Syllabus by the Court

1. A city is not liable in damages to an abutting owner for injuries resulting from reasonable and ordinary or usual change and improvement of the street, made in a careful and skillful manner, for the benefit of the public.

2. The doctrine of damnum absque injuria does not apply where the municipal authorities have made an unreasonable change in the street, or put it or allowed it to be put to an extraordinary or unusual use.

3. The plaintiff is entitled to recover in this class of actions in cases where the damages suffered are different in kind from those suffered by the general public, but it is otherwise with respect to damages common to all. When damages are occasioned an abutting owner by an improvement in the street in front of his property, whereby ingress and egress to the premises are injuriously affected, the injury is not one common to the general public, and he may recover therefor.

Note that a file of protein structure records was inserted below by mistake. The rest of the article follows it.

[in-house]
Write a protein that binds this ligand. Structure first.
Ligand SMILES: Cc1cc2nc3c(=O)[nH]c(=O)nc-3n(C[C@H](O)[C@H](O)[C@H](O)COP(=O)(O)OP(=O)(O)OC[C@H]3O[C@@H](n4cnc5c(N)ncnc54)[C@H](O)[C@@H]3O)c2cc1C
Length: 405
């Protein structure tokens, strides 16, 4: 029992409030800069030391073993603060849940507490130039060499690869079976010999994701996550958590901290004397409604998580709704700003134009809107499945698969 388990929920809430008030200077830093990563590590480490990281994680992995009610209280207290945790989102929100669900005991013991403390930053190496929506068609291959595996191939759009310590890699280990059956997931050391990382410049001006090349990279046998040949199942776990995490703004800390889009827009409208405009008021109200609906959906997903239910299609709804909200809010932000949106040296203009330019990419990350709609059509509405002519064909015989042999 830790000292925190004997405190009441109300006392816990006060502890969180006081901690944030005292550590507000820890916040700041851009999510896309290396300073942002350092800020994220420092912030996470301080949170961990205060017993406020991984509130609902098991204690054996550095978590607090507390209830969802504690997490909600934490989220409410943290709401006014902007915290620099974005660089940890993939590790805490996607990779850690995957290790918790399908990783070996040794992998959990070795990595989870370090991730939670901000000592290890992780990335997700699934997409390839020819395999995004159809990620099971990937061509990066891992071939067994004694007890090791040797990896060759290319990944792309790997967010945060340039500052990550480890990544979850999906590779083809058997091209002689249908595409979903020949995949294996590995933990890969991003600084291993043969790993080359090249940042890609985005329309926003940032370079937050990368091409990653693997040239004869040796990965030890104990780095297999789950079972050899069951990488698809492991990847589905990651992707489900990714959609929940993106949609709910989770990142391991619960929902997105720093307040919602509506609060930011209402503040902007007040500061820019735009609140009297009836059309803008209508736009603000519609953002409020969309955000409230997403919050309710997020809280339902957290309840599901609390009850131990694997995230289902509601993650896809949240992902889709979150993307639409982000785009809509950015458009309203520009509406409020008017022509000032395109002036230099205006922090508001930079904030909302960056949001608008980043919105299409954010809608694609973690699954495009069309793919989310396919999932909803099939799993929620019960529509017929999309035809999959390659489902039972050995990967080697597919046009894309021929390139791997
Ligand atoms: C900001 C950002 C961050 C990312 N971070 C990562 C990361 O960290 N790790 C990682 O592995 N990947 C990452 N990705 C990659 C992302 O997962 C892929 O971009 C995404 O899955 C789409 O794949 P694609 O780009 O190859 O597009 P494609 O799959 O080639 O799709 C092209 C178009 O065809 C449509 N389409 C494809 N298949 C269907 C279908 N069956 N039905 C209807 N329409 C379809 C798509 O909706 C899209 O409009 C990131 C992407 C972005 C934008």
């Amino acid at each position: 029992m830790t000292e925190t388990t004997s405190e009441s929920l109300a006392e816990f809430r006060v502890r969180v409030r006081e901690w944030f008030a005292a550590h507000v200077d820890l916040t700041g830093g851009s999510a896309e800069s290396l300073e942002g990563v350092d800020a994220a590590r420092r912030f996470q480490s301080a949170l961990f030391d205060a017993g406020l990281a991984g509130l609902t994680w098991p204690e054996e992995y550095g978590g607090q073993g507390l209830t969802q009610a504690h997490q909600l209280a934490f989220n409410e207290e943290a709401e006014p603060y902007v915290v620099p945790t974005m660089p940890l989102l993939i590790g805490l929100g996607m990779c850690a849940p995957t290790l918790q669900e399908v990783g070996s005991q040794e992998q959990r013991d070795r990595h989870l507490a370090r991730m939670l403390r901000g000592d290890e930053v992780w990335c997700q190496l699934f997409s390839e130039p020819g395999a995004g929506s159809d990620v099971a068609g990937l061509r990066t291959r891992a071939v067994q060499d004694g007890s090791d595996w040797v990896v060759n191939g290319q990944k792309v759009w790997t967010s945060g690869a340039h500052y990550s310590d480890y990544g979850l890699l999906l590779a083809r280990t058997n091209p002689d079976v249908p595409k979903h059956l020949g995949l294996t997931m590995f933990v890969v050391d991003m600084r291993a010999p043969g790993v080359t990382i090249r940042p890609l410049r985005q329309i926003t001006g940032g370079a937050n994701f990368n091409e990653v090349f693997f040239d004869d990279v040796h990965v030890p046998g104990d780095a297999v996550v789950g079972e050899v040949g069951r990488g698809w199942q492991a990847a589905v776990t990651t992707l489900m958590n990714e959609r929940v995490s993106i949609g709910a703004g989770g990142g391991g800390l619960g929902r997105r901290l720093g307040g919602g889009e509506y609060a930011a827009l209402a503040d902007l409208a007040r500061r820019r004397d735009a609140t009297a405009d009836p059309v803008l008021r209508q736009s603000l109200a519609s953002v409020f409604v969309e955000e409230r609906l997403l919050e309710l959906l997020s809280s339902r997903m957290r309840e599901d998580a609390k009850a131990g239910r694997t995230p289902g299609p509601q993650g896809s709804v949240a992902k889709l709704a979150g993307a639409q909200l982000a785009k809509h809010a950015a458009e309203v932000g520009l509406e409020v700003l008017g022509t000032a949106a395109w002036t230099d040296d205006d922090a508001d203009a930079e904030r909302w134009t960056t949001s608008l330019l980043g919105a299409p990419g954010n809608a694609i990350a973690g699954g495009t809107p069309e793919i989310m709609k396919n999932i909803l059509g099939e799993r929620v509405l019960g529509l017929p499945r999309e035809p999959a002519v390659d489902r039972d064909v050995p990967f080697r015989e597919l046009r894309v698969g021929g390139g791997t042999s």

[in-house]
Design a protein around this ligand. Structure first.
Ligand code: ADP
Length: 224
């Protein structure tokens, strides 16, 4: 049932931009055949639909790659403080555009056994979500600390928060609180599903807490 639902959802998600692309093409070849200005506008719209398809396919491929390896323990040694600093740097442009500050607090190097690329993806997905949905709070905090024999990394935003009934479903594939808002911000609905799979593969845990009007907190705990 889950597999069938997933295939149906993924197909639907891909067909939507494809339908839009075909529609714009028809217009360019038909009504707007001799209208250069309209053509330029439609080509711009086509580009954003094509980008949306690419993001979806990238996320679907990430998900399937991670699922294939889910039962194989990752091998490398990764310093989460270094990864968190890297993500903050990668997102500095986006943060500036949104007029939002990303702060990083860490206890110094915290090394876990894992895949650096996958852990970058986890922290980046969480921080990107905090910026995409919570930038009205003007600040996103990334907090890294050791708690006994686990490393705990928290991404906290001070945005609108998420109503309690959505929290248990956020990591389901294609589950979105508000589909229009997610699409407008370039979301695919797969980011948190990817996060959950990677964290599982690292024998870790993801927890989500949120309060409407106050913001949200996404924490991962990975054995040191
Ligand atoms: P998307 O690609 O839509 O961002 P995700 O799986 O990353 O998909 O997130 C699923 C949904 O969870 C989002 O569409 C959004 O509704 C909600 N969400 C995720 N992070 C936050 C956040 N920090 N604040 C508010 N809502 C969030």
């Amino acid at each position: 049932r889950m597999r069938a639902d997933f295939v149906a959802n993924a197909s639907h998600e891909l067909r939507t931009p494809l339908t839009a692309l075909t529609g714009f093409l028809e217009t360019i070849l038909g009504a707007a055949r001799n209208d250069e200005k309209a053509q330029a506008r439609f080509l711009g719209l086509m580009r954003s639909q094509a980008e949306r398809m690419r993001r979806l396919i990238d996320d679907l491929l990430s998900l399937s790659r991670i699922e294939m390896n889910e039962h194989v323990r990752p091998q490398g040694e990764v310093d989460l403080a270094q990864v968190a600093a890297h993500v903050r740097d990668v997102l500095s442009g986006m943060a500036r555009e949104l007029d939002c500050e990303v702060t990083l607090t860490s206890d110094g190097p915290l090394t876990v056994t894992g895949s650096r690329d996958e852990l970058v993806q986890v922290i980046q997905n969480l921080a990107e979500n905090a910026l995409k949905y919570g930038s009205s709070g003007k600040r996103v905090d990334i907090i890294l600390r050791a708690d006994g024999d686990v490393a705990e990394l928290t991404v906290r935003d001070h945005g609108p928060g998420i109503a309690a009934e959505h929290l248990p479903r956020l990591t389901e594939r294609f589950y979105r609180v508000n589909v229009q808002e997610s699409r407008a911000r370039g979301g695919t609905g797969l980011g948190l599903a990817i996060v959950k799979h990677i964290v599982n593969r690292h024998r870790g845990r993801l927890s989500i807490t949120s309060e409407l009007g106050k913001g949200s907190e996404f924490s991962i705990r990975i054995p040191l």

4. The building of a viaduct in a public street of a municipal corporation is such an extraordinary use of the street as will entitle the owner of abutting property to damages when the means of ingress and egress to his property are obstructed or impaired thereby.

A. M. Nicholas and Dixon & Dixon, for appellant.

Charles E. Gast, Arrington & McAliney, J. J. McFeeley, and Urmy & McCorkle, for appellee.

HAYT, C.J. (after stating the facts).

The question presented by this record may be stated as follows Is a municipal corporation liable in damages for an injury to abutting property, occasioned by the building of a viaduct in a public street over railroad tracks? The evidence in this case shows that plaintiff's property is located on the corner of C and Mechanic streets in the city of Pueblo; that it was improved, and valuable for business purposes, prior to the erection of the viaduct; that this viaduct was elevated 8 feet above the old sidewalk at one end of plaintiff's property and 22 feet at the other, and that by reason thereof the property was closed to access by teams from either C or Mechanic streets; that by the construction of the viaduct the property was rendered practically inaccessible, except from an alley in the rear. That the property was damaged by the erection of the viaduct is shown by the uncontradicted evidence introduced at the trial. It is claimed by appellant that the viaduct is a necessary street improvement,...